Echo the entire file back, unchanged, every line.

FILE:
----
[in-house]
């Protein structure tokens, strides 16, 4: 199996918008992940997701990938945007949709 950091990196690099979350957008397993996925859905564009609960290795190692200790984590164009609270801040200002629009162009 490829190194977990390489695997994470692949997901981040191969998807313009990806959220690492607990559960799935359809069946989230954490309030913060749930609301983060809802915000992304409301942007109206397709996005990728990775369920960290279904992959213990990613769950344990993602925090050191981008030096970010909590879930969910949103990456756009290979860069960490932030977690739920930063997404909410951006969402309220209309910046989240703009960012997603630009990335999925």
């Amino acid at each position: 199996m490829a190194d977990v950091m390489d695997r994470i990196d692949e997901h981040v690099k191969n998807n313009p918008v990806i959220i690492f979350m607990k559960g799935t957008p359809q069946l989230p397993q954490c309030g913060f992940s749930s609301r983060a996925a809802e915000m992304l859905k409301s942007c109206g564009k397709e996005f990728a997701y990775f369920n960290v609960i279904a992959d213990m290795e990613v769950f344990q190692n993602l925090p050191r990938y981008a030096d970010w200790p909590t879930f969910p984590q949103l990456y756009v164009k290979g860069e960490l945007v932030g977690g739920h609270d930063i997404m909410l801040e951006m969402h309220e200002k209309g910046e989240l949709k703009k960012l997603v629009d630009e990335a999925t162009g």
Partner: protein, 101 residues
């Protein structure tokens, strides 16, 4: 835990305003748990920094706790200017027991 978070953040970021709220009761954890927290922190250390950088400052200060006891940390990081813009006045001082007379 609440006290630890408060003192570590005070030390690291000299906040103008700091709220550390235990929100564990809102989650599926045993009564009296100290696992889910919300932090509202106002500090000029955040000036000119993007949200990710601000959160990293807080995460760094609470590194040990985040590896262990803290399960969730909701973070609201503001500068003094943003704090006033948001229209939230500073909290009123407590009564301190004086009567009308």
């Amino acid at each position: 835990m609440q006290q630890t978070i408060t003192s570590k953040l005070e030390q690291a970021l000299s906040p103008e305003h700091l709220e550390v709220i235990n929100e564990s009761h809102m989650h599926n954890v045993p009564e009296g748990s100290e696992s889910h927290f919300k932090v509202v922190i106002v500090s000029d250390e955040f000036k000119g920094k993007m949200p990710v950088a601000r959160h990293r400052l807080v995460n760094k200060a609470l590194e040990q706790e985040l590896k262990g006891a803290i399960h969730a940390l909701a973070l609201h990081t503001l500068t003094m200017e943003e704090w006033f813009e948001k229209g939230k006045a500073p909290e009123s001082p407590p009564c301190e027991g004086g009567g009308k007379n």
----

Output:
[in-house]
């Protein structure tokens, strides 16, 4: 199996918008992940997701990938945007949709 950091990196690099979350957008397993996925859905564009609960290795190692200790984590164009609270801040200002629009162009 490829190194977990390489695997994470692949997901981040191969998807313009990806959220690492607990559960799935359809069946989230954490309030913060749930609301983060809802915000992304409301942007109206397709996005990728990775369920960290279904992959213990990613769950344990993602925090050191981008030096970010909590879930969910949103990456756009290979860069960490932030977690739920930063997404909410951006969402309220209309910046989240703009960012997603630009990335999925």
């Amino acid at each position: 199996m490829a190194d977990v950091m390489d695997r994470i990196d692949e997901h981040v690099k191969n998807n313009p918008v990806i959220i690492f979350m607990k559960g799935t957008p359809q069946l989230p397993q954490c309030g913060f992940s749930s609301r983060a996925a809802e915000m992304l859905k409301s942007c109206g564009k397709e996005f990728a997701y990775f369920n960290v609960i279904a992959d213990m290795e990613v769950f344990q190692n993602l925090p050191r990938y981008a030096d970010w200790p909590t879930f969910p984590q949103l990456y756009v164009k290979g860069e960490l945007v932030g977690g739920h609270d930063i997404m909410l801040e951006m969402h309220e200002k209309g910046e989240l949709k703009k960012l997603v629009d630009e990335a999925t162009g």
Partner: protein, 101 residues
């Protein structure tokens, strides 16, 4: 835990305003748990920094706790200017027991 978070953040970021709220009761954890927290922190250390950088400052200060006891940390990081813009006045001082007379 609440006290630890408060003192570590005070030390690291000299906040103008700091709220550390235990929100564990809102989650599926045993009564009296100290696992889910919300932090509202106002500090000029955040000036000119993007949200990710601000959160990293807080995460760094609470590194040990985040590896262990803290399960969730909701973070609201503001500068003094943003704090006033948001229209939230500073909290009123407590009564301190004086009567009308």
């Amino acid at each position: 835990m609440q006290q630890t978070i408060t003192s570590k953040l005070e030390q690291a970021l000299s906040p103008e305003h700091l709220e550390v709220i235990n929100e564990s009761h809102m989650h599926n954890v045993p009564e009296g748990s100290e696992s889910h927290f919300k932090v509202v922190i106002v500090s000029d250390e955040f000036k000119g920094k993007m949200p990710v950088a601000r959160h990293r400052l807080v995460n760094k200060a609470l590194e040990q706790e985040l590896k262990g006891a803290i399960h969730a940390l909701a973070l609201h990081t503001l500068t003094m200017e943003e704090w006033f813009e948001k229209g939230k006045a500073p909290e009123s001082p407590p009564c301190e027991g004086g009567g009308k007379n």